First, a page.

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How Apple developed the new Liquid Retina XDR display for the iPad Pro


The M1 chipset. RAM load. 5G. Thunder support. All of this helps Apple’s new, 12.9-inch iPad Pro become an incredible tablet, which seems to be enough to compete with most traditional laptops. (All right, except for iPadOS failures, however.) But if there is one component where the iPad Pro looks better than all other Apple computers, then a new tablet screen.

For more information on what it takes to create a Liquid Retina XDR app, Engadget spoke with Vincent Gu, Apple’s chief engineering engineer, and iPad marketing spokesman Scott Broderick, who was quick to say it was “the best show we could put on a 12.9-inch iPad Pro, “Broderick said.

While some may say the OLED display as the one shown Apple 12 Apple List it can be very interesting, Broderick has a point: this is a clear demonstration.

But first, we must destroy it. As I mentioned in our review of the iPad Pro, the “water” piece means that this is an LCD screen, which – unlike the OLED screens available in new iPhones – relies on a bevy of small screens to create visuals. “Retina” is another Apple advertising platform, which the company has been using for mobile phones since the days of the iPhone 4. And the “XDR” section doesn’t just mean launching Apple’s low-cost, high-end portable monitors – it means design ” dangerous “exhibitors.

In the end, what makes this show so exciting is not the size – and 12.9 inches as much as before – or that it refreshes at 120Hz. No, all of this is because of something you can’t see directly: a new light bulb made up of more than 10,000 LEDs, a 2,596 image-splitter. (If you count, Apple’s $ 5,000, 6K Pro Display XDR review has 576 bright colors.)

The idea is simple: by making a smaller resolution, Apple is able to fit most of the backs of all LCD components, allowing you to accurately adjust the window sections that illuminate at any given time. It’s a great idea in the world of TV, and TCL, Samsung, and LG everyone has their own distorted type. On demand, Apple also claims that its mini-LED lighting fixtures were built in-house.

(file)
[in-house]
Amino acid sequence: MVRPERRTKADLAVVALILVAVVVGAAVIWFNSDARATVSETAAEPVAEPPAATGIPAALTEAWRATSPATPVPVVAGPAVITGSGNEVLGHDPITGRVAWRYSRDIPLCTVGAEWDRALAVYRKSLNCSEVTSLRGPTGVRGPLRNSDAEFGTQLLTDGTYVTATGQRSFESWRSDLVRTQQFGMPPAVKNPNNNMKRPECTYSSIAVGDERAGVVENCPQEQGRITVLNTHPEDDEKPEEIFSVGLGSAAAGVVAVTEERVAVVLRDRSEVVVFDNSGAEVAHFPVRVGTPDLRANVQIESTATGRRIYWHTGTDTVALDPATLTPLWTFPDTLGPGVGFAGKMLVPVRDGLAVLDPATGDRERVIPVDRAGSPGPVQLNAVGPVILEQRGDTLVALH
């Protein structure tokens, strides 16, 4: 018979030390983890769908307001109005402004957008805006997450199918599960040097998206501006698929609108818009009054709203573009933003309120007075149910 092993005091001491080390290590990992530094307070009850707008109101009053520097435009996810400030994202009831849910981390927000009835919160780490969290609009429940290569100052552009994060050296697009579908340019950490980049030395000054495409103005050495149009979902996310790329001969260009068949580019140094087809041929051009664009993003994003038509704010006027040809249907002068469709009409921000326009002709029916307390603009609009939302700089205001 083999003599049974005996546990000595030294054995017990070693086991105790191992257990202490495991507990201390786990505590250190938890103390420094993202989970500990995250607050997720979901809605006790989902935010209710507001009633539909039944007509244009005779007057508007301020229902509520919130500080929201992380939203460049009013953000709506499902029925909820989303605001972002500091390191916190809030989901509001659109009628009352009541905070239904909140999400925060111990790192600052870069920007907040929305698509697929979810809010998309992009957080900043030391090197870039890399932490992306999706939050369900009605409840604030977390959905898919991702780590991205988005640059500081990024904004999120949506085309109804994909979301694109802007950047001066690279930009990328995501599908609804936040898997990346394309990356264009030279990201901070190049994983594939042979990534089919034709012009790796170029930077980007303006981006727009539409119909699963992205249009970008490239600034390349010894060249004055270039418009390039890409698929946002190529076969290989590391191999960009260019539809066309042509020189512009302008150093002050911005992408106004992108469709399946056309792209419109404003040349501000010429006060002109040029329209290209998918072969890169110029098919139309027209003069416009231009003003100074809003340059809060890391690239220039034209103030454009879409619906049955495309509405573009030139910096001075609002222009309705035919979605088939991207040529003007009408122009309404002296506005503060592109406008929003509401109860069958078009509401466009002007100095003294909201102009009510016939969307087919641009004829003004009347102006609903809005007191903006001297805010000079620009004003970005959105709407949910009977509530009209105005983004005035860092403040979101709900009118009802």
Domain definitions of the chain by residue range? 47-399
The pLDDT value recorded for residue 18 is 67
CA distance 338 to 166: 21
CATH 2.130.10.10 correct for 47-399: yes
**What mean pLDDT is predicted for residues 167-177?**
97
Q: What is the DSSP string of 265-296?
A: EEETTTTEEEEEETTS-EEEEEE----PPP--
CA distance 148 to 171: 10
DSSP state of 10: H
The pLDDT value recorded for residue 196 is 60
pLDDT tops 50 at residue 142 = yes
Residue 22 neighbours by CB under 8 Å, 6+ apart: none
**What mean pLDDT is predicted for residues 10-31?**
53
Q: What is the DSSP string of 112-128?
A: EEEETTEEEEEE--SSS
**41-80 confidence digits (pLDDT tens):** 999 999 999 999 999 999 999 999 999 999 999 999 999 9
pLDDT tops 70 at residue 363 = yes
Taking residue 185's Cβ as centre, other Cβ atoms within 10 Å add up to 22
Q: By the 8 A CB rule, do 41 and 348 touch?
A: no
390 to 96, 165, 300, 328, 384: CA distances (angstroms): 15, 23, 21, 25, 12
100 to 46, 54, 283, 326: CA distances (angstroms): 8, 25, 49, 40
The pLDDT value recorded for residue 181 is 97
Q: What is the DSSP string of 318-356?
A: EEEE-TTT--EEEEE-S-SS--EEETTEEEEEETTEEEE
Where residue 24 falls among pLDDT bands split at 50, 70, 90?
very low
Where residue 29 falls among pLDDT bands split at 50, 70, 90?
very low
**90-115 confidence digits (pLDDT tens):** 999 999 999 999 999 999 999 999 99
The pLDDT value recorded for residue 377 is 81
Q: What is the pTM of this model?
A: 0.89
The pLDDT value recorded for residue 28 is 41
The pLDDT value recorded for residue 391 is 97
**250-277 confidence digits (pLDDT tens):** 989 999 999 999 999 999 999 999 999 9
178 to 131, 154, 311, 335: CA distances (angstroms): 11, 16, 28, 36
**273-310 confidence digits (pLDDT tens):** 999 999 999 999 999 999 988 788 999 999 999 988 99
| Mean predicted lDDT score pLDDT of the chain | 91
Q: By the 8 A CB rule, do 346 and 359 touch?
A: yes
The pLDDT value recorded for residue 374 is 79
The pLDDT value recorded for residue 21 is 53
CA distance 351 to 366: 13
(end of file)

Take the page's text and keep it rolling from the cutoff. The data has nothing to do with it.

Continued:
“The small LEDs we installed in the Liquid Retina XDR are technically developed by Apple,” said Gu, who said he was 100 times smaller than the standard ones used. in the iPad Pro last year. Unsurprisingly, the careful design of thousands of LEDs was a major challenge, with one Apple managing to tackle engineers who specialize in design and production of their own unique solder.

“We had to provide special equipment so that we could replace more than 10,000 LEDs with the most efficient ones we already had,” said iPad spokesman Broderick. (That being said, Apple has refused to tell us how many smaller LEDs, or how long it takes to make a single Liquid Retina XDR software.)

After the lighting, Gu also said that switching to small LEDs requires Apple to redesign the main components of its display, including video monitors and diffusers that help control the brightness and distribute the same throughout the area. And, Apple’s manufacturers and engineers had to take the new, larger package and cook it as a portable device. In a way, the whole job was … painful.


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